GoLocalProv | Business | NEW: Honeywell Lays Off Hundreds at Smithfield, RI


Wednesday, May 26, 2021

 

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One of the bright spots of the pandemic was the hiring of hundreds of workers at the Honeywell Plant in Smithfield to manufacture N95 masks.

But, as the demand for masks is over so are the jobs. A total of 470 have lost their jobs.

This further sets back Rhode Island’s difficulty in recovering jobs from the pandemic. 

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Honeywell said in a statement to GoLocal on Wednesday:

“At the start of the pandemic, when U.S. healthcare systems were faced with unprecedented demand for N95 respirators, Honeywell rapidly invested in establishing N95 respirator production at multiple facilities. To keep up with the sustained demand resulting from the prolonged pandemic, we invested in even more efficient, automated production lines.

We are now seeing a dramatic reduction in demand for N95s in the U.S. as many states are ending or scaling back mask mandates and vaccinations are being widely distributed. For these reasons, Honeywell is adjusting its N95 operations and ceasing manual production of N95s at our facility in Smithfield, R.I.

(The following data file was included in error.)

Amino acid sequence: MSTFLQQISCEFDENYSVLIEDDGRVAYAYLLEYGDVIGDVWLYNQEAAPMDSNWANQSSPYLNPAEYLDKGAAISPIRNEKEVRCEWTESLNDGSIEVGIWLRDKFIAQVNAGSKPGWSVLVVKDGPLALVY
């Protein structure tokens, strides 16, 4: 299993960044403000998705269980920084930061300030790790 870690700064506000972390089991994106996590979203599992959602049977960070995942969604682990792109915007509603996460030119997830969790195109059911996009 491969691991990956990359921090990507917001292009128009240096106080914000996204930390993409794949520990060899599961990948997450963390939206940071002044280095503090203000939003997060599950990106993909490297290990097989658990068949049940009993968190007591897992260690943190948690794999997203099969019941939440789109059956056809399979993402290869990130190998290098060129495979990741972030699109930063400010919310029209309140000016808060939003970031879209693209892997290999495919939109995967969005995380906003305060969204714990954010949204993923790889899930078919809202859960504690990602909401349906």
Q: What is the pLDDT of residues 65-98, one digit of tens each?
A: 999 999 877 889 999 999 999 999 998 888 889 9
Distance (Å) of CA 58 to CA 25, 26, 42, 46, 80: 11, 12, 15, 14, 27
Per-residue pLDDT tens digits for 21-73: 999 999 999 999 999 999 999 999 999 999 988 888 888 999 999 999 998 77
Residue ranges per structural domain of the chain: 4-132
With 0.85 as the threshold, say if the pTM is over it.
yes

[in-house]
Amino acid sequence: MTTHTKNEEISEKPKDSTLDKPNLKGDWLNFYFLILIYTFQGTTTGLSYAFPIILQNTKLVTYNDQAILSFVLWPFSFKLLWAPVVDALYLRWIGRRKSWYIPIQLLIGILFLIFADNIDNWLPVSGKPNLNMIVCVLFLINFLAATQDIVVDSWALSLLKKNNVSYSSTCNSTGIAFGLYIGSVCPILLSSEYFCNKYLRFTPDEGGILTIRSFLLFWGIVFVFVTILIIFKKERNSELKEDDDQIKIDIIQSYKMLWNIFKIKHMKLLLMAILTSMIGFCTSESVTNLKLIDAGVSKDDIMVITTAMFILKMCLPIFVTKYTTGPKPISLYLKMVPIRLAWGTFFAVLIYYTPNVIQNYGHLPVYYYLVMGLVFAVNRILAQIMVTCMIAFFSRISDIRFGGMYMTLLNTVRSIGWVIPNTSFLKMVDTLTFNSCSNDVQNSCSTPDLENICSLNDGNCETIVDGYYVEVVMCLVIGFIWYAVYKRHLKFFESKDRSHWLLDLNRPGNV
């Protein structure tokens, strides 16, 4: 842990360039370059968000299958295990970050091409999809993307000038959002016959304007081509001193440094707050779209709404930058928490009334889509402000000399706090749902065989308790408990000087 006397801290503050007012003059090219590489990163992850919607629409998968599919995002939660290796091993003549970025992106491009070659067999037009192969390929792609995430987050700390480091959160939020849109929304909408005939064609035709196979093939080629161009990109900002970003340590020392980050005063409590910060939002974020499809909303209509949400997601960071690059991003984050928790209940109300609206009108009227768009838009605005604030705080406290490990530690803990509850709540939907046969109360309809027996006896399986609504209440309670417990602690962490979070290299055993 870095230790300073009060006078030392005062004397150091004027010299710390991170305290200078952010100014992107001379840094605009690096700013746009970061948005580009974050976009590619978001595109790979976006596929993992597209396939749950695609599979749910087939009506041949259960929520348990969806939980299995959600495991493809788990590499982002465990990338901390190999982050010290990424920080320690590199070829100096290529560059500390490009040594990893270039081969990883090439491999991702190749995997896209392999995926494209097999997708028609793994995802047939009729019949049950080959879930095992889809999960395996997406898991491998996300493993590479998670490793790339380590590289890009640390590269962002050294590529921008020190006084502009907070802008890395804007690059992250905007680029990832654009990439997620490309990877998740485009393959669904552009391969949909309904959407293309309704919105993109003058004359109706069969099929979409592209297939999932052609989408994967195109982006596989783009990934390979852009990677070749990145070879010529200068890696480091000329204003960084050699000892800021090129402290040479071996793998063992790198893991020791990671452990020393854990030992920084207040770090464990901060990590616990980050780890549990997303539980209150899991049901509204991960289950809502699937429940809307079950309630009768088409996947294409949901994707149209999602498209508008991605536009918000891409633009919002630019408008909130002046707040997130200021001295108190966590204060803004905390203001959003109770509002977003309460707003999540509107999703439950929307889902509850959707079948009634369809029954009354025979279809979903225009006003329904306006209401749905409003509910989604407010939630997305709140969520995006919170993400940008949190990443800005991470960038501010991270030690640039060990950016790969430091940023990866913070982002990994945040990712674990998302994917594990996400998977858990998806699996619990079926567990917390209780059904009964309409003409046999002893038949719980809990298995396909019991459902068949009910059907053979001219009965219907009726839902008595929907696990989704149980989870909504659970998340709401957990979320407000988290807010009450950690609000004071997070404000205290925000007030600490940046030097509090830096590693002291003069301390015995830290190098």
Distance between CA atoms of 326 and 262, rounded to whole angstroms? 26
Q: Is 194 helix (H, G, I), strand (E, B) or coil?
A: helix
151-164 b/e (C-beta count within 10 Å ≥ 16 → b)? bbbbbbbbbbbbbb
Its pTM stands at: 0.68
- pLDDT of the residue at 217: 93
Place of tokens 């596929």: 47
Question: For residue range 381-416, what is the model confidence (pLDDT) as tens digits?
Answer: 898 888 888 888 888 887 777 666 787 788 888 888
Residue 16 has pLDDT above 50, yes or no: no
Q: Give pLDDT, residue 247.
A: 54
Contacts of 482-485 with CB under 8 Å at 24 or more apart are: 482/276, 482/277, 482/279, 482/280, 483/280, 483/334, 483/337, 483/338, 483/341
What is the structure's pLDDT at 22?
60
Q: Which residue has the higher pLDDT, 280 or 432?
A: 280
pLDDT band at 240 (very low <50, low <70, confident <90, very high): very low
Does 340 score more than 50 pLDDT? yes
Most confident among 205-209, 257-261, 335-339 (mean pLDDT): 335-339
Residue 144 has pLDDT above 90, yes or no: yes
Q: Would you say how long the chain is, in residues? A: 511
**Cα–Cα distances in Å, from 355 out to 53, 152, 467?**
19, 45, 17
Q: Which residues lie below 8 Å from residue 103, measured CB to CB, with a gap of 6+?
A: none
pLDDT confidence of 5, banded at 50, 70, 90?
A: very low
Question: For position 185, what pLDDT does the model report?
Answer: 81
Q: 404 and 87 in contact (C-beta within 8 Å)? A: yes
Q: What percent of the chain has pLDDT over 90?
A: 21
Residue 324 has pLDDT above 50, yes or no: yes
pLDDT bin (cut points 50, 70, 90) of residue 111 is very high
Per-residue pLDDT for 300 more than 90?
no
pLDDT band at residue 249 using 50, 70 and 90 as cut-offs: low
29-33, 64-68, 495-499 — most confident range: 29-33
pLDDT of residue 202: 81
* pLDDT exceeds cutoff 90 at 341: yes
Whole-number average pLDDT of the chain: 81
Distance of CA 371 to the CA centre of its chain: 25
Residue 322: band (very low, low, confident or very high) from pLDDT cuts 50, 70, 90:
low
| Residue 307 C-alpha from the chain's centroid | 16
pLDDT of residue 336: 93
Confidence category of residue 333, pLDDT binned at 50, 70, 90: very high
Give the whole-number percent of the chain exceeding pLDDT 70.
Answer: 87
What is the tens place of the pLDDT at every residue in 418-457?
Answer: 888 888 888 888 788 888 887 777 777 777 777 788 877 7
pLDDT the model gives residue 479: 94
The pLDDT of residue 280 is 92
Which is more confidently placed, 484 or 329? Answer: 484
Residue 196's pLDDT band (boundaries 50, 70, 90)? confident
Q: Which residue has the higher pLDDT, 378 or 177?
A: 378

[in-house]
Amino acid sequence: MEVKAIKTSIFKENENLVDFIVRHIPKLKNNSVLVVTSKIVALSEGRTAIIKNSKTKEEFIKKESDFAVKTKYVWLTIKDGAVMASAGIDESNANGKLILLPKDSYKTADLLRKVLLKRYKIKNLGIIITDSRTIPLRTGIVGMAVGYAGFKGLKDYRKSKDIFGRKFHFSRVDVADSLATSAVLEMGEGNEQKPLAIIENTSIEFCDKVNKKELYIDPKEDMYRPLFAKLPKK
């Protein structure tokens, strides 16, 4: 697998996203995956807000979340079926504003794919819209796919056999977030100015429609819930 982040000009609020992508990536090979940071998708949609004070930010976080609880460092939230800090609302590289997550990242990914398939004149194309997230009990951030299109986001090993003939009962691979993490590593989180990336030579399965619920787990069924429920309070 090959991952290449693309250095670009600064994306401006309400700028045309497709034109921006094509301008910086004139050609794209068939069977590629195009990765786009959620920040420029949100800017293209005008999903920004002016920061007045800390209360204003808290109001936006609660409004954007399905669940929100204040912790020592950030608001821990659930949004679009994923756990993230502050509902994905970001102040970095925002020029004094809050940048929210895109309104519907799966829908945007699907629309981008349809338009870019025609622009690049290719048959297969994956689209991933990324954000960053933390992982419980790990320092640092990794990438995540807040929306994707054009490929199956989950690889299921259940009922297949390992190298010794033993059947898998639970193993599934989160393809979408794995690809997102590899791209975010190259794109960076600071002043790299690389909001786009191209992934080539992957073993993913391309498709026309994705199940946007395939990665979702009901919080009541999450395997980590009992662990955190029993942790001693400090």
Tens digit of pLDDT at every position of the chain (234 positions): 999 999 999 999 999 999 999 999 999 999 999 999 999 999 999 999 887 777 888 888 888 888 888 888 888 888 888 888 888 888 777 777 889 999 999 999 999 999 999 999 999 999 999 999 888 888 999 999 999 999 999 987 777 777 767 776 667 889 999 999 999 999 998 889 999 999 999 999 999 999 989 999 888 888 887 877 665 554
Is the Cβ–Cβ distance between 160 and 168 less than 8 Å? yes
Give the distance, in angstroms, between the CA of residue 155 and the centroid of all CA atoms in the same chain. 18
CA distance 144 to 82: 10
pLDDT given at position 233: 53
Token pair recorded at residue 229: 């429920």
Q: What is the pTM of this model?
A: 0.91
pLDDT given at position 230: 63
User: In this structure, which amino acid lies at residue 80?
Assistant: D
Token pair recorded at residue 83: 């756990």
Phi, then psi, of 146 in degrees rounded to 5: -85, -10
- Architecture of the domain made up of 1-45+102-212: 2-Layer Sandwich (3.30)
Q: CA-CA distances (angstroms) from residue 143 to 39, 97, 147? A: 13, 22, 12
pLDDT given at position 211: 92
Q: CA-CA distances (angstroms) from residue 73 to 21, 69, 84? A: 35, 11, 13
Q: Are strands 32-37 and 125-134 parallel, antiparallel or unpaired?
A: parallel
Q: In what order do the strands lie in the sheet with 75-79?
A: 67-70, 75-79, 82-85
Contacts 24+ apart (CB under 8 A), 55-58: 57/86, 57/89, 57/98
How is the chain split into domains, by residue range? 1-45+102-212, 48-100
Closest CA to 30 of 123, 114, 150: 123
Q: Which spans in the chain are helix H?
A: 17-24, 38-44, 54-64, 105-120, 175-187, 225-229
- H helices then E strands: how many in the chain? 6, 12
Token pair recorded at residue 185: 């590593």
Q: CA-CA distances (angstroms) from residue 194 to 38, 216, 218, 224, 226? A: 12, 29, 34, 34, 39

We realize this affects our valued employees and we are encouraging them to apply for other roles within Honeywell. Those eligible will be offered severance per Honeywell policy and local laws.

We appreciate the hard work and dedication these employees displayed in helping to protect American frontline workers battling the pandemic.  The U.S. remains Honeywell’s largest N95 manufacturing operation, and we will continue to deliver PPE to help protect workers on the job.”

 

GoLocal reported in April of 2020 that the corporation was racing to staff up:

Honeywell International Inc. announced on Friday that it has started production for the N95 face masks at its factory in Smithfield. The company has hired 500 locally to meet production demands.

The masks will be used by the U.S. Department of Health and Human Services, per the federal directive to produce a total of 20 million masks per month.

“Building a new production line is a tremendous undertaking that typically takes nine months,” said Chief Executive Darius Adamczyk. “Thanks to the dedication of our employees and strong support from our partners, including Emerson (Branson) and several other great U.S. suppliers, we were able to get the Rhode Island facility up and running in just five weeks.”

“Everyone was excited and eager to help with this cause,” said Conor Ryan, plant director. “We clapped at the accomplishment, then got back to making them.”

The manufacturing plant, which typically makes safety glasses and face shields, has been configured to also produce the in-demand masks.

 

 

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